In 2014, more than half of India’s population still practised open defecation. Prime Minister Narendra Modi set his government the goal of making the country open defecation-free in five years, by the 150th anniversary of M.K. Gandhi’s birthday in 2019, by launching the Swachh Bharat Abhiyan (SBA). Three years later, we are more than halfway into that period, and there is good reason to be sceptical about its method.
The primary strategy of the SBA has been the construction of toilets. The programme has increased the money to be spent per toilet from the previous Rs10,000 to Rs12,000, and it mandates that water storage tanks be built alongside government latrines. Strategically, however, there is hardly any difference from the previous government’s Nirmal Bharat Abhiyan, and the Total Sanitation Campaign and the Central Rural Sanitation Programme before that.
The problem with this strategy is that access to toilets is not the reason why India has alarming rates of open defecation, nor is lack of education or access to water. India’s per-capita gross domestic product, level of educational attainment and access to water predict much lower levels of open defecation than it actually has. The question is why, in 2011, had 70% of rural Indians not built toilets when their contemporaries in other developing countries could afford to do so?
What exacerbates the puzzle is evidence showing that not only do Indians not build toilets, they avoid using those that have been constructed already. India doesn’t collect individual data on latrine usage; there is only household data that notes the presence or absence of latrines. Therefore, there is no way to know exactly how many people defecate in the open. But a survey by the Research Institute for Compassionate Economics in 2014 found that over 40% of the households in its survey of 3,235 that had a working latrine, had at least one member who nevertheless defecates in the open. Thus, even if the government does build the remaining toilets, it is not certain that people will use them.
Why rural Indians refrain from using latrines has much to do with the kind of latrines that can be built in villages and traditional norms that define purity and pollution. Villages don’t have sewage systems because of which pit-latrines are constructed. These latrines collect the faeces in the pit; the moisture percolates in the ground and the faeces dry. This is a tremendous improvement in terms of public health over dry-latrines, which require manual scavengers to pick up the faeces, or for faeces to be washed away and potentially pollute water sources.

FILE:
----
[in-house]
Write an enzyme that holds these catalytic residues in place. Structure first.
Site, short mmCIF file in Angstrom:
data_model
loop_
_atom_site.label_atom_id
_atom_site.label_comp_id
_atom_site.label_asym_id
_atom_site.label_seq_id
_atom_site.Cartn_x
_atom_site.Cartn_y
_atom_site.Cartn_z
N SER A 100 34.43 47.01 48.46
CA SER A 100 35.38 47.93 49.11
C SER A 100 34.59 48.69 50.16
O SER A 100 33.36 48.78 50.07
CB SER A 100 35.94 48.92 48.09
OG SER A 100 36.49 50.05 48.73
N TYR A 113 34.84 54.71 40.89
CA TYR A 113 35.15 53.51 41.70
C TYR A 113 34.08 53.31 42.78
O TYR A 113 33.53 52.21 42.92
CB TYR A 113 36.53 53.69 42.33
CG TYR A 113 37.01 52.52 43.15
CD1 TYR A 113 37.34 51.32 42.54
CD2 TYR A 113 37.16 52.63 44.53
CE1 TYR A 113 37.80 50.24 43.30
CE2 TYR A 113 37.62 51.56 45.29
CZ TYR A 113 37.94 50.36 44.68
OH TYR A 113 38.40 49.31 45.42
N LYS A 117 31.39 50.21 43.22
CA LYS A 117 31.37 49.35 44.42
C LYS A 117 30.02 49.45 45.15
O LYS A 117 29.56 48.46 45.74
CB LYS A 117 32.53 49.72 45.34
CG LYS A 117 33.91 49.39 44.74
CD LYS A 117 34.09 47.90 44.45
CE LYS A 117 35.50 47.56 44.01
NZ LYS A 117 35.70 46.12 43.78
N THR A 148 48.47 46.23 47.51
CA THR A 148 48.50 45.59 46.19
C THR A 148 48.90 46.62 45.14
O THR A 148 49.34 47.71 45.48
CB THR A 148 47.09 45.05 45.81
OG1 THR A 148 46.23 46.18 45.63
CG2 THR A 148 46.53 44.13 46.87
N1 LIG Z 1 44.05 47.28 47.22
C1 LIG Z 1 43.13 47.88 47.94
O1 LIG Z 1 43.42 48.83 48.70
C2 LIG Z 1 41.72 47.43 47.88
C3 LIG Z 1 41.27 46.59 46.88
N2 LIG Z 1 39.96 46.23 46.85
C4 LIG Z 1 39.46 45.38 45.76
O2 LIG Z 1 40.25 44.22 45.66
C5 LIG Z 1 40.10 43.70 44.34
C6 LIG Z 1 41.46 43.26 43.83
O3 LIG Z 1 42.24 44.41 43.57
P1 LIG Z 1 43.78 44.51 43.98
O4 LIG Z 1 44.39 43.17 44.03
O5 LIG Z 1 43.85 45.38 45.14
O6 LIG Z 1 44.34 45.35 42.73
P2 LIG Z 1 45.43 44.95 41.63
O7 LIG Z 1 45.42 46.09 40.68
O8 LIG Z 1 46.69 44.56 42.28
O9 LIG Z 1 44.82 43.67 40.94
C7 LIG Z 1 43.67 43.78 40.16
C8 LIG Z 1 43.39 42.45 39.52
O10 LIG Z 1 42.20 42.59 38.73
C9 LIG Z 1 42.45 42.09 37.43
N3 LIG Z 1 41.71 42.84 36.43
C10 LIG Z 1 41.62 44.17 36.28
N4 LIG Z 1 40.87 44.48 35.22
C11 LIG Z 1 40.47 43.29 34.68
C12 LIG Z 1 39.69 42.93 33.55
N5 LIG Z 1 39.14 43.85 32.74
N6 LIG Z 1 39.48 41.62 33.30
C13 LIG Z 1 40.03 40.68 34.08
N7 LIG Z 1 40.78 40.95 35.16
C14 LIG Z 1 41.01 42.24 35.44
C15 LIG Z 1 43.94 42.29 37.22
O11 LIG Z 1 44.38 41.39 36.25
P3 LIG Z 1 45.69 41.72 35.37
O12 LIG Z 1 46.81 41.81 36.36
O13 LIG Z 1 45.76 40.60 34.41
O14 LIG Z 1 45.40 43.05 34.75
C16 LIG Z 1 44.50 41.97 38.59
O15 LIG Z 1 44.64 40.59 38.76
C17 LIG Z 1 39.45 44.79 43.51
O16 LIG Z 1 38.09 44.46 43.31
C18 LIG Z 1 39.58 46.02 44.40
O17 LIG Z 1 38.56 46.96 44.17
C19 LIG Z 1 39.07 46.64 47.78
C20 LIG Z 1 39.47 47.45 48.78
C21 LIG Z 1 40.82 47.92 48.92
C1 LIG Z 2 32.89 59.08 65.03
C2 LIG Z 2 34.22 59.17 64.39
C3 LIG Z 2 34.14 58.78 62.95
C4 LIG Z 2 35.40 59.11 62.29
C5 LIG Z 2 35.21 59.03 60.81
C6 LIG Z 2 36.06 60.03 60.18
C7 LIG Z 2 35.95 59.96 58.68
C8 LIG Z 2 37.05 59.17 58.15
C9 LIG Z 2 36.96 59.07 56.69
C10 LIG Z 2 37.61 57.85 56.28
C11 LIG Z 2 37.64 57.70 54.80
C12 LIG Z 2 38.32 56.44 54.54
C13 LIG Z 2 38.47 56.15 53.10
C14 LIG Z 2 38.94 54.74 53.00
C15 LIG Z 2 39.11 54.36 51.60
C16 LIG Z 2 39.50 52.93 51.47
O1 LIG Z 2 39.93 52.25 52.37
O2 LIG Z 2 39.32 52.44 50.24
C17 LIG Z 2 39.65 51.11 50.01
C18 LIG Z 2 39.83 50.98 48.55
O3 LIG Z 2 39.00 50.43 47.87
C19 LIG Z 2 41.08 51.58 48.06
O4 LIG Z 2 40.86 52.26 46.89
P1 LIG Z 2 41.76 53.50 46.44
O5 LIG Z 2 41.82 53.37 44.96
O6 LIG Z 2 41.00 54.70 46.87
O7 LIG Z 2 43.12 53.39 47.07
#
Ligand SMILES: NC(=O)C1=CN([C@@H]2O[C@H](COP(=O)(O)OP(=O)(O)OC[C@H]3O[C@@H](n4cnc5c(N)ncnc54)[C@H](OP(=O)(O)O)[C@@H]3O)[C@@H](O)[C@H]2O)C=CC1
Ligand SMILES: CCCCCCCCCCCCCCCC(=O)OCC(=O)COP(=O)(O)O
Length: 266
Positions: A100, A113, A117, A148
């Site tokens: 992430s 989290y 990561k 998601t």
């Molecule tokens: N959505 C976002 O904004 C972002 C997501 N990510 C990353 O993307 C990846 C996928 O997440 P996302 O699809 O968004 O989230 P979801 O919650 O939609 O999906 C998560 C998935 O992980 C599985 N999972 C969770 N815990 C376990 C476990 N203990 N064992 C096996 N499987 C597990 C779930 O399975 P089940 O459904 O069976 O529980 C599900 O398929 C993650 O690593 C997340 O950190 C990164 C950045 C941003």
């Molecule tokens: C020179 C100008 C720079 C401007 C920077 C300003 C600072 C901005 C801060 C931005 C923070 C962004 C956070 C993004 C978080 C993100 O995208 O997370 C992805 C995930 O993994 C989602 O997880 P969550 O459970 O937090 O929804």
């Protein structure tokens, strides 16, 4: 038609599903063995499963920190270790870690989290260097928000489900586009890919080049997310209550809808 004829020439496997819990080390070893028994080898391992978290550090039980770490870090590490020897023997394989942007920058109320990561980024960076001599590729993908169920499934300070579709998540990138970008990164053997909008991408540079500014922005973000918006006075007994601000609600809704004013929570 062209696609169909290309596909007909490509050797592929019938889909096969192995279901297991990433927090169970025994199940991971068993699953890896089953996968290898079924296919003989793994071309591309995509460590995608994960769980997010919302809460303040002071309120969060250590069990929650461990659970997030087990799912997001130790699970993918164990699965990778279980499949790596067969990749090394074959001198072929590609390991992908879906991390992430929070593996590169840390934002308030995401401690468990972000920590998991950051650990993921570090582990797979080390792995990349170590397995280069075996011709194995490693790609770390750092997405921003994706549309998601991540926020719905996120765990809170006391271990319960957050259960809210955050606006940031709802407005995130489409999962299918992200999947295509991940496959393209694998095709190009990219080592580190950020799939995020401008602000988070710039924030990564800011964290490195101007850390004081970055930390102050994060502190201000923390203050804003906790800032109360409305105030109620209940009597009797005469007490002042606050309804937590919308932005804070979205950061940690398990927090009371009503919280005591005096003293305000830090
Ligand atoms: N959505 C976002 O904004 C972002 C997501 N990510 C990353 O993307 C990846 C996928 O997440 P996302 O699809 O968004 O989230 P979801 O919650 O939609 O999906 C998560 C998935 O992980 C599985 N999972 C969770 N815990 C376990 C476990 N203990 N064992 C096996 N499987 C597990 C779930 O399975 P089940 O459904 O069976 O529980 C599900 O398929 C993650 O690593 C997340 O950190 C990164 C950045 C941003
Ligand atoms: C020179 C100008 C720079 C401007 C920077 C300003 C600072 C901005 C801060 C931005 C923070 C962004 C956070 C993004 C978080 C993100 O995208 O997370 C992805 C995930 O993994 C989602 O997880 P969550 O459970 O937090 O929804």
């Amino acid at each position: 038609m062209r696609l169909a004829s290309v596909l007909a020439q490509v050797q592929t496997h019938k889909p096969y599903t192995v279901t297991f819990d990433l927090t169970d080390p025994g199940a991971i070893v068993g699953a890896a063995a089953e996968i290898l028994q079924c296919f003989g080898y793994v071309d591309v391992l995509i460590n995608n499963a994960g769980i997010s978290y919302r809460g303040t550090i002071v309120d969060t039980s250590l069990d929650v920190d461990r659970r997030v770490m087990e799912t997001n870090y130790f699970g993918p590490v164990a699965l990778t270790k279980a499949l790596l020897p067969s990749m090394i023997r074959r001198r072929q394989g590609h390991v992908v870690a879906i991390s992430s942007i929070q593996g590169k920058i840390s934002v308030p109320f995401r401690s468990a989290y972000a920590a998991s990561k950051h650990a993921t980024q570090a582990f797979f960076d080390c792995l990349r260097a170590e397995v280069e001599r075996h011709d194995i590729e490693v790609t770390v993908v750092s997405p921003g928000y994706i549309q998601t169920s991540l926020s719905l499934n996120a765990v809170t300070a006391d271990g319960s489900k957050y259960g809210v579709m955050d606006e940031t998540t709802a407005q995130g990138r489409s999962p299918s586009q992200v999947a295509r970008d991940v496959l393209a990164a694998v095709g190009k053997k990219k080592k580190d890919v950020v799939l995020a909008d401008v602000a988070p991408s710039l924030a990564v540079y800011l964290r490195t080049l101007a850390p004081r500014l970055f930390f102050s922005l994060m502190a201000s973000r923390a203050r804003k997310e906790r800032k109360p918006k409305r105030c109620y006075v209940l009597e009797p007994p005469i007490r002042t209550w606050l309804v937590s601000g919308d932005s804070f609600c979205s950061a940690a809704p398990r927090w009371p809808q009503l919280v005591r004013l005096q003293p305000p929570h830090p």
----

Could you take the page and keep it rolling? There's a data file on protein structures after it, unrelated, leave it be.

The idea of having a pit-latrine, however, is disgusting to millions of Indians. According to religious beliefs, physical cleanliness is not always the same as ritual purity. For example, cow dung and vegetable peels strewn on the floor are physically dirty, but ritually pure. Newborn babies, even if clean, are considered ritually impure. Human faeces and menstrual cloths are both physically dirty and ritually impure. Rural Indians commonly complain that it is dirty to have a pit latrine in the house; what they are emphasizing is not physical cleanliness, but ritual purity.
For the English-speaking elite, it is easy to forget that for a caste-conscious society, social mobility depends on emulating the practices of the so-called higher castes. This is done by imposing on oneself stricter standards of ritual purity and cleanliness. Manually cleaning pit-latrines, usually equated with the most degrading forms of Dalit labour, does not augur well with that aspiration.
India cannot become free of open defecation by only building more toilets. Unfortunately, more than 97% of the SBA-Gramin’s budget has been spent on the construction of individual household toilets.
What the evidence shows is that traditional norms associated with caste and untouchability are keeping people from using latrines. This means that the solution requires a concerted effort to change people’s views about open defecation. While the SBA-Gramin allocates only 8% of the budget to information, education and communication activities, the actual expenditure is even lower, dropping from 4% in 2014-15 to 1% in 2015-16 and 2016-17. Latrine ownership should be promoted as a matter of prestige and affiliation with the modern world. At the same time, there should be more effort to inform people about the mortality burden of open defecation. Modi has made efforts to instil a new sense of civic pride in throwing garbage in trash cans. This is a laudable strategy, but it should be accompanied with an effort to change the attitudes towards caste hierarchies.
Do you think Swachh Bharat Abhiyan is the right response to India’s sanitation problem? Tell us at [email protected]